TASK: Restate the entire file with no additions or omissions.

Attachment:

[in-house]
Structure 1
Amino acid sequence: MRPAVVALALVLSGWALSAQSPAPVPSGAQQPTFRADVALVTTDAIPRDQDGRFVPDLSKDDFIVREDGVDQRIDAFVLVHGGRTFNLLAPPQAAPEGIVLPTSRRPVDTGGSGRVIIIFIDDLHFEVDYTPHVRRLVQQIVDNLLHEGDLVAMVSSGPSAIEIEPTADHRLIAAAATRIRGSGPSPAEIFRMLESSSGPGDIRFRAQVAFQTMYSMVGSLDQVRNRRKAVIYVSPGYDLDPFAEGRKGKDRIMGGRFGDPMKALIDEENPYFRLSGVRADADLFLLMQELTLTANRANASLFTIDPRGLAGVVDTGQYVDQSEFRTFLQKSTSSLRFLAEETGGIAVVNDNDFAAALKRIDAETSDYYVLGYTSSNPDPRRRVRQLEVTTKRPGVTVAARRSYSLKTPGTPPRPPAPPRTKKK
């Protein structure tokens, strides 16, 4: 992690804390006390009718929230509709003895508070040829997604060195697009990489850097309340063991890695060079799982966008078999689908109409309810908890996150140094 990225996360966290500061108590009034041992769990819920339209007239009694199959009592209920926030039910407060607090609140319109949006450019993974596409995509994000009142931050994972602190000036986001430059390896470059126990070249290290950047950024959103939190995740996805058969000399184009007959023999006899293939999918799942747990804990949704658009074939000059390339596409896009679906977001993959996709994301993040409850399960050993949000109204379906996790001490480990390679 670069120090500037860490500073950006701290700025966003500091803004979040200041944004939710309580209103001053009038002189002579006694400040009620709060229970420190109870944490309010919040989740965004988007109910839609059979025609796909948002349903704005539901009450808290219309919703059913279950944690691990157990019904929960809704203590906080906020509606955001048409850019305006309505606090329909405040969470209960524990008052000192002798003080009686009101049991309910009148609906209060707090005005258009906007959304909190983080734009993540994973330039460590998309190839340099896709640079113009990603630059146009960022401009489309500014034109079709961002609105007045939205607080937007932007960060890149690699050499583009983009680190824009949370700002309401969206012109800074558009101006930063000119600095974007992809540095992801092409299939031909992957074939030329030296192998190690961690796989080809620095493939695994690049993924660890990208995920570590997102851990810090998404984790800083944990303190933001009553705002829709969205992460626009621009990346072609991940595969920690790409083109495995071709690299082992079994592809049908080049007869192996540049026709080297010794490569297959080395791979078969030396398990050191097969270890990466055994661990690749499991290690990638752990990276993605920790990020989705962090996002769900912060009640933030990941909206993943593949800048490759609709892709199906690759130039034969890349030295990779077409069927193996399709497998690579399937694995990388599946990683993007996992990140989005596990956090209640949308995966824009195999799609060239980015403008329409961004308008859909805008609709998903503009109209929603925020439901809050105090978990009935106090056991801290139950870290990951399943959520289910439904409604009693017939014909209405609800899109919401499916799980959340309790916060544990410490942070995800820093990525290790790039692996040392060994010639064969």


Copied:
[in-house]
Structure 1
Amino acid sequence: MRPAVVALALVLSGWALSAQSPAPVPSGAQQPTFRADVALVTTDAIPRDQDGRFVPDLSKDDFIVREDGVDQRIDAFVLVHGGRTFNLLAPPQAAPEGIVLPTSRRPVDTGGSGRVIIIFIDDLHFEVDYTPHVRRLVQQIVDNLLHEGDLVAMVSSGPSAIEIEPTADHRLIAAAATRIRGSGPSPAEIFRMLESSSGPGDIRFRAQVAFQTMYSMVGSLDQVRNRRKAVIYVSPGYDLDPFAEGRKGKDRIMGGRFGDPMKALIDEENPYFRLSGVRADADLFLLMQELTLTANRANASLFTIDPRGLAGVVDTGQYVDQSEFRTFLQKSTSSLRFLAEETGGIAVVNDNDFAAALKRIDAETSDYYVLGYTSSNPDPRRRVRQLEVTTKRPGVTVAARRSYSLKTPGTPPRPPAPPRTKKK
């Protein structure tokens, strides 16, 4: 992690804390006390009718929230509709003895508070040829997604060195697009990489850097309340063991890695060079799982966008078999689908109409309810908890996150140094 990225996360966290500061108590009034041992769990819920339209007239009694199959009592209920926030039910407060607090609140319109949006450019993974596409995509994000009142931050994972602190000036986001430059390896470059126990070249290290950047950024959103939190995740996805058969000399184009007959023999006899293939999918799942747990804990949704658009074939000059390339596409896009679906977001993959996709994301993040409850399960050993949000109204379906996790001490480990390679 670069120090500037860490500073950006701290700025966003500091803004979040200041944004939710309580209103001053009038002189002579006694400040009620709060229970420190109870944490309010919040989740965004988007109910839609059979025609796909948002349903704005539901009450808290219309919703059913279950944690691990157990019904929960809704203590906080906020509606955001048409850019305006309505606090329909405040969470209960524990008052000192002798003080009686009101049991309910009148609906209060707090005005258009906007959304909190983080734009993540994973330039460590998309190839340099896709640079113009990603630059146009960022401009489309500014034109079709961002609105007045939205607080937007932007960060890149690699050499583009983009680190824009949370700002309401969206012109800074558009101006930063000119600095974007992809540095992801092409299939031909992957074939030329030296192998190690961690796989080809620095493939695994690049993924660890990208995920570590997102851990810090998404984790800083944990303190933001009553705002829709969205992460626009621009990346072609991940595969920690790409083109495995071709690299082992079994592809049908080049007869192996540049026709080297010794490569297959080395791979078969030396398990050191097969270890990466055994661990690749499991290690990638752990990276993605920790990020989705962090996002769900912060009640933030990941909206993943593949800048490759609709892709199906690759130039034969890349030295990779077409069927193996399709497998690579399937694995990388599946990683993007996992990140989005596990956090209640949308995966824009195999799609060239980015403008329409961004308008859909805008609709998903503009109209929603925020439901809050105090978990009935106090056991801290139950870290990951399943959520289910439904409604009693017939014909209405609800899109919401499916799980959340309790916060544990410490942070995800820093990525290790790039692996040392060994010639064969």